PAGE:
President Reagan failed to order a formal intelligence assessment of the dangers of his Persian Gulf policy, did not consult his political advisers about domestic consequences and first consulted Congress almost a week after the key decision had been made to protect Kuwaiti tankers, according to congressional leaders.

As a result, Reagan's hopes for bipartisan support appear to be dashed, and the plan to place 11 Kuwaiti oil tankers under the protection of the American flag is about to begin without strong backing on Capitol Hill from Democrats or Republicans.

Administration officials continue to insist that they repeatedly sought to consult key congressional committees about the plan but that, as Secretary of State George P. Shultz put it, "at the time we couldn't even get members of Congress to listen as we tried to brief them."

However, the administration's chronology -- released June 15 -- shows that U.S. officials made all the important decisions in January and February, and the process was speeded up when they discovered in late February that the Soviet Union had agreed to reflag five Kuwaiti tankers. Officials gained Reagan's approval of the plan in the first week of March and formally told Kuwait on March 7 that the United States would protect the 11 tankers.

Five days later, the administration made its first offer to brief the Senate and House Middle East subcommittees on the plan. Staffers from the two panels actually were briefed on March 19, according to the administration chronology.

The first high-level administration briefings were given on March 30 and 31, three weeks after Kuwait had been informed, when Assistant Secretary of State Richard W. Murphy met privately with various House and Senate subcommittees.

Presenting Congress with a fait accompli has infuriated the Democratic leadership and placed the administration's allies -- many of whom are as upset as the Democrats -- in an embarrassing position.

"The failure to consult with the Congress prior to a commitment has placed the administration and the Congress in an awkward position," Sen. Sam Nunn (D-Ga.), chairman of the Senate Armed Services Committee, said in a report last Monday to Senate Majority Leader Robert C. Byrd (D-W.Va.). "The administration has made a public commitment to Kuwait but is unable to secure congressional support for its initiative."

The debate raises questions about how the Reagan administration is making key foreign policy decisions under the new White House team led by chief of staff Howard H. Baker Jr. and national security adviser Frank C. Carlucci. It also raises questions about how and why the administration continues to deal with Congress in such a confrontational style over difficult foreign policy issues.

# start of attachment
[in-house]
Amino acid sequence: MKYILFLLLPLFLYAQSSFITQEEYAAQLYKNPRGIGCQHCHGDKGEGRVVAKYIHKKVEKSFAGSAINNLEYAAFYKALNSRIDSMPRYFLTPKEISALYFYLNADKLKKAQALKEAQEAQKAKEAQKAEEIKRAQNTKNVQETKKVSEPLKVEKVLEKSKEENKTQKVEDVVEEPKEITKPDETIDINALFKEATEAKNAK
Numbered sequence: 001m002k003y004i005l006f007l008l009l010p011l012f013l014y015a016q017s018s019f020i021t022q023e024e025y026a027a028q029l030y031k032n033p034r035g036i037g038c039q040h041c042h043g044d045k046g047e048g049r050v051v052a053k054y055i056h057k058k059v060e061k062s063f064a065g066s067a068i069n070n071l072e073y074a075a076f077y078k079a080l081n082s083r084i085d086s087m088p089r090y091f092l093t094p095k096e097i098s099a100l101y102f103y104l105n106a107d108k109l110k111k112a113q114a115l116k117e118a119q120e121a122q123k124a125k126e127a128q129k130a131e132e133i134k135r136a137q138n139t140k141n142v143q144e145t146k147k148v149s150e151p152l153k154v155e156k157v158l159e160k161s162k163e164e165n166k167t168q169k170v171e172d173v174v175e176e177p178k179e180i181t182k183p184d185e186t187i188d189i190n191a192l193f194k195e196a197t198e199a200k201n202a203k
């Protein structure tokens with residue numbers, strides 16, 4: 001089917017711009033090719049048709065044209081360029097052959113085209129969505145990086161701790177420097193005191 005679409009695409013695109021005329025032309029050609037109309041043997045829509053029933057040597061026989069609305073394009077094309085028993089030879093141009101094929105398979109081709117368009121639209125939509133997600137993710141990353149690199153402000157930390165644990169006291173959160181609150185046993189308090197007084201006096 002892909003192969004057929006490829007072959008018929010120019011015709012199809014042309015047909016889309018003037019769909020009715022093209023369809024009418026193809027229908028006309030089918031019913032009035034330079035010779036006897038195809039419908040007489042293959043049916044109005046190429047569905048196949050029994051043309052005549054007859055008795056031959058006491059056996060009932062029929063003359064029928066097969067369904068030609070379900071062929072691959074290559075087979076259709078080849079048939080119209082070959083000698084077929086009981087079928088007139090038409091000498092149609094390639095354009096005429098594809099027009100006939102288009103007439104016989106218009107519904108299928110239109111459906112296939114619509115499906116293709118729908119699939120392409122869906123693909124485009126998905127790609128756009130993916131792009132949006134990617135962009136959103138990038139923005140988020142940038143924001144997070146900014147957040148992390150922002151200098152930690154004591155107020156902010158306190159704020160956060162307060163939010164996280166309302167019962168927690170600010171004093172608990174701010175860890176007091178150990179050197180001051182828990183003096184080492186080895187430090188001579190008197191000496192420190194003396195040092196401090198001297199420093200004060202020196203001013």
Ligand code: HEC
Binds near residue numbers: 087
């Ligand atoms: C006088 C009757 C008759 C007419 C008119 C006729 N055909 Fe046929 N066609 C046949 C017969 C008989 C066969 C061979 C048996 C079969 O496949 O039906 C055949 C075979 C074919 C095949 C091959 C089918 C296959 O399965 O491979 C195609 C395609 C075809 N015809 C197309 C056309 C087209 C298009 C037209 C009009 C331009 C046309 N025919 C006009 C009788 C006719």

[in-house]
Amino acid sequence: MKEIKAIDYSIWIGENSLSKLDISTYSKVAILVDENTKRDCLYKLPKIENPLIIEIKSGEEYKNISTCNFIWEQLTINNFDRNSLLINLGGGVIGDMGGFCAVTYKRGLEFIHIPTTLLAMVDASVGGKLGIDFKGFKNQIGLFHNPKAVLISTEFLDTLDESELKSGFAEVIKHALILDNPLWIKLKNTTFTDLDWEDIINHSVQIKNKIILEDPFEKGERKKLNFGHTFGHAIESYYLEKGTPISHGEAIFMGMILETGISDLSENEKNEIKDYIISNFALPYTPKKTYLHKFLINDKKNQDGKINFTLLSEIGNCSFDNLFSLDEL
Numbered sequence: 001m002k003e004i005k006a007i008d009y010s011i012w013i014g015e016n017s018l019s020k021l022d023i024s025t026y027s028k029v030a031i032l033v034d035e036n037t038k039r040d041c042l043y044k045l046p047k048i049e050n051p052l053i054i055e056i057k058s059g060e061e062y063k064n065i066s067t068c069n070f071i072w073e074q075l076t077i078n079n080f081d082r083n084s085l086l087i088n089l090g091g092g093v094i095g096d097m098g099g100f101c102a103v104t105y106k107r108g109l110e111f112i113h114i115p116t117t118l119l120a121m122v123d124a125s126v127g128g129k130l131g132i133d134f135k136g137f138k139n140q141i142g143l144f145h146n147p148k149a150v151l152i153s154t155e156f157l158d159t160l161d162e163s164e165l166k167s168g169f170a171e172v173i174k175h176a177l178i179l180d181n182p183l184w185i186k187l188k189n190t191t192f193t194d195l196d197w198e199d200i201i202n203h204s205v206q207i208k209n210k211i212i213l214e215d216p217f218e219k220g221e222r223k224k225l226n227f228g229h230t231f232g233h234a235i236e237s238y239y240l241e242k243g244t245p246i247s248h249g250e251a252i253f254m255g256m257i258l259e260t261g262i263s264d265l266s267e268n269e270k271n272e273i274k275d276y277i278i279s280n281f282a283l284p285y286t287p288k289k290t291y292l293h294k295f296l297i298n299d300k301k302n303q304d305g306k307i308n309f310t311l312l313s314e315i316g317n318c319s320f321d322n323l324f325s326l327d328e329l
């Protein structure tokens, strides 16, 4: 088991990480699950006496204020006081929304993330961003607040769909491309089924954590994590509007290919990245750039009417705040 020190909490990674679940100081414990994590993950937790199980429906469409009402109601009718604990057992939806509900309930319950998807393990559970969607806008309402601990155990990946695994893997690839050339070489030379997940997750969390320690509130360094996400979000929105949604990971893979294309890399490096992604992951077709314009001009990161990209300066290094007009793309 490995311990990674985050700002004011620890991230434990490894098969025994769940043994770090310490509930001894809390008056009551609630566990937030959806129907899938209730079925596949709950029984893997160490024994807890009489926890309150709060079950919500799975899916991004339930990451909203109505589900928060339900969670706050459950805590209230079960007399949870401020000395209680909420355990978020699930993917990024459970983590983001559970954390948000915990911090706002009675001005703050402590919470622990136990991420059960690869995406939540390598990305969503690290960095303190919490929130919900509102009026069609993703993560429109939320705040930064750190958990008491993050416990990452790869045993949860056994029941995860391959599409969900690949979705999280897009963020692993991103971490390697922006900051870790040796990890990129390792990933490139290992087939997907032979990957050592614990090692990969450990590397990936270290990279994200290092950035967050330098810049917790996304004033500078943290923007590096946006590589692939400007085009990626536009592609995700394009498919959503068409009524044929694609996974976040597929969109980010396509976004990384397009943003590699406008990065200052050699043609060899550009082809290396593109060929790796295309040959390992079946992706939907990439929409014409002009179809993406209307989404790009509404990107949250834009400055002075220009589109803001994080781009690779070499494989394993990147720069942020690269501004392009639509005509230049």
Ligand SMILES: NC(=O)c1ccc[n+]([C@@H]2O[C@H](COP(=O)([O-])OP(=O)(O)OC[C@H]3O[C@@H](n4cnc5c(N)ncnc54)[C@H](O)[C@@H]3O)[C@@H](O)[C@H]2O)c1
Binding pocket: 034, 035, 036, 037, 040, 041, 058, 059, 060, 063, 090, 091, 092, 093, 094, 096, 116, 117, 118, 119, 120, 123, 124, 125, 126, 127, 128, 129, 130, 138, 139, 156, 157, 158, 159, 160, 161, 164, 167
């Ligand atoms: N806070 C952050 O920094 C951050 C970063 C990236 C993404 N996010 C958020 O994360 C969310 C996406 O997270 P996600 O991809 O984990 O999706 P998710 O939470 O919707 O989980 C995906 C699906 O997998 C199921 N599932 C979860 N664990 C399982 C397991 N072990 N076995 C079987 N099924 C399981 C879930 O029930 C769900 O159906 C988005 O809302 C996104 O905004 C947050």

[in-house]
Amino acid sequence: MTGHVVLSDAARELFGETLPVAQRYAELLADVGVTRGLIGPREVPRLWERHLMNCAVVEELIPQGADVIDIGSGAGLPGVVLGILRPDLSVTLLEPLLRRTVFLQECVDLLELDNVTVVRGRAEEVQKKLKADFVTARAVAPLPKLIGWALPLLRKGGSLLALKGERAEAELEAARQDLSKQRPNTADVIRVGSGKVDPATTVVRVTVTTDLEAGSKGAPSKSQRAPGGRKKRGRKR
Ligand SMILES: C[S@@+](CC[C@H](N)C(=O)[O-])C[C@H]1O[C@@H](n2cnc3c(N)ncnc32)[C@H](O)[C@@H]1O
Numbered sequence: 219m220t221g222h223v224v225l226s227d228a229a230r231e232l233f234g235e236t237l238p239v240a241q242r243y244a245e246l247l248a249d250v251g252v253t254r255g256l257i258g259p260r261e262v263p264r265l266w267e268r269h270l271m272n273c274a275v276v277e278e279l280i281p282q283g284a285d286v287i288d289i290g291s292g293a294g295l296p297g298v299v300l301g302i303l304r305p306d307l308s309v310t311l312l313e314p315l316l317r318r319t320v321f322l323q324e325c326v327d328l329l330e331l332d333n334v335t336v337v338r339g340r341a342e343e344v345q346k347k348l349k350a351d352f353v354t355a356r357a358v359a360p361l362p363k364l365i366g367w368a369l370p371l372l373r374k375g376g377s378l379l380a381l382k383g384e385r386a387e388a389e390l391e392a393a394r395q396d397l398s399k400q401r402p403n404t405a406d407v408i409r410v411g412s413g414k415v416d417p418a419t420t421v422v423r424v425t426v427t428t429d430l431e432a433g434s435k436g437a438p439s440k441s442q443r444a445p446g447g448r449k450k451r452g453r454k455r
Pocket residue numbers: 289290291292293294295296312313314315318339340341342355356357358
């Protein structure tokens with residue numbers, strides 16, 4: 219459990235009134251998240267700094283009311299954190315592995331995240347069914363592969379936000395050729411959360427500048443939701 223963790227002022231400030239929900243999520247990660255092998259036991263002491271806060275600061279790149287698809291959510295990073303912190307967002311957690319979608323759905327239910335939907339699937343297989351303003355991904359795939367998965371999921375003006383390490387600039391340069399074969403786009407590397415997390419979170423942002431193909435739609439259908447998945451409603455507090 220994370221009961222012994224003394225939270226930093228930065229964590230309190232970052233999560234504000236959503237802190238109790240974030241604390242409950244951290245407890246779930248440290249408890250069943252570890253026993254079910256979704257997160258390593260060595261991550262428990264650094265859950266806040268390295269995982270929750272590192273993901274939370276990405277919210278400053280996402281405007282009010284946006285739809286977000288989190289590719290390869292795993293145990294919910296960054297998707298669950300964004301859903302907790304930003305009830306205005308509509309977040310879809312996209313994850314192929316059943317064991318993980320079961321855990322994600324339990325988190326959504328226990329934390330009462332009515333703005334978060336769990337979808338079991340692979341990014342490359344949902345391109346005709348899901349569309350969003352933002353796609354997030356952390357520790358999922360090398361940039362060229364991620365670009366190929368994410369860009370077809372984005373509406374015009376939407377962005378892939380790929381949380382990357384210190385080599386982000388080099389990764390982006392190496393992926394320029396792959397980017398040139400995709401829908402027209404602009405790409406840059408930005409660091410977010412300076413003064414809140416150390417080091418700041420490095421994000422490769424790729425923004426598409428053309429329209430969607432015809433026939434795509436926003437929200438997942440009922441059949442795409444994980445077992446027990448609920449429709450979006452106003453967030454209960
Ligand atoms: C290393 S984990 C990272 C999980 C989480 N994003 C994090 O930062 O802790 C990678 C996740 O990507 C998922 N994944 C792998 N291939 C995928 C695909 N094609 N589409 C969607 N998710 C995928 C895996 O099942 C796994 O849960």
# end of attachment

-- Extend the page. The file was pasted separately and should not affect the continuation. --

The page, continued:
Senate and House members are calling on the administration to set up some kind of procedure for regular consultations on potentially controversial foreign policy commitments to establish a broader bipartisan base for risky initiatives.Lack of Consultation Conceded

Administration officials, while insisting that the president has the prerogative to make foreign policy, concede serious mistakes were made in dealing with Congress on the Kuwaiti reflagging plan.

"I can't say the administration has done the best possible job of explaining {the Kuwaiti decision}. Obviously, they haven't," one senior administration official said.

Another senior official also acknowledged that there had not been enough consultation with Congress at critical points during the policy-making process: "That's how this whole thing got out of control."

But these officials note that even after consulations with key committees got under way after mid-March, little interest or opposition was expressed. Only after an Iraqi plane attacked the USS Stark on May 17 in the Persian Gulf did the Kuwait reflagging plan grab the attention of Congress, they noted.

Other White House sources said one reason for the confusion was that Baker did not take over from Donald T. Regan until March 2. It then took him several weeks to get organized.

By then, all the important decisions had been made, largely by Carlucci and his aides who were pressing a new "activist" policy to show U.S. support for moderate Arab allies following revelations of secret U.S. arms shipments to Iran.

The lack of coordination, and sometimes outright disagreement, between political advisers in the White House and the National Security Council staff is nothing new to the Reagan administration. Former chiefs of staff James A. Baker III, Regan and now Howard Baker have all expressed periodic exasperation at what they viewed as politically insensitive moves by the national security team.

This tension reached new depths when Regan and then-national security adviser Robert C. McFarlane were serving together in late 1985 and the two were hardly speaking. The Regan team often complained, particularly after the Iran-contra scandal broke in November, that they did not have enough "control" over the National Security Council apparatus.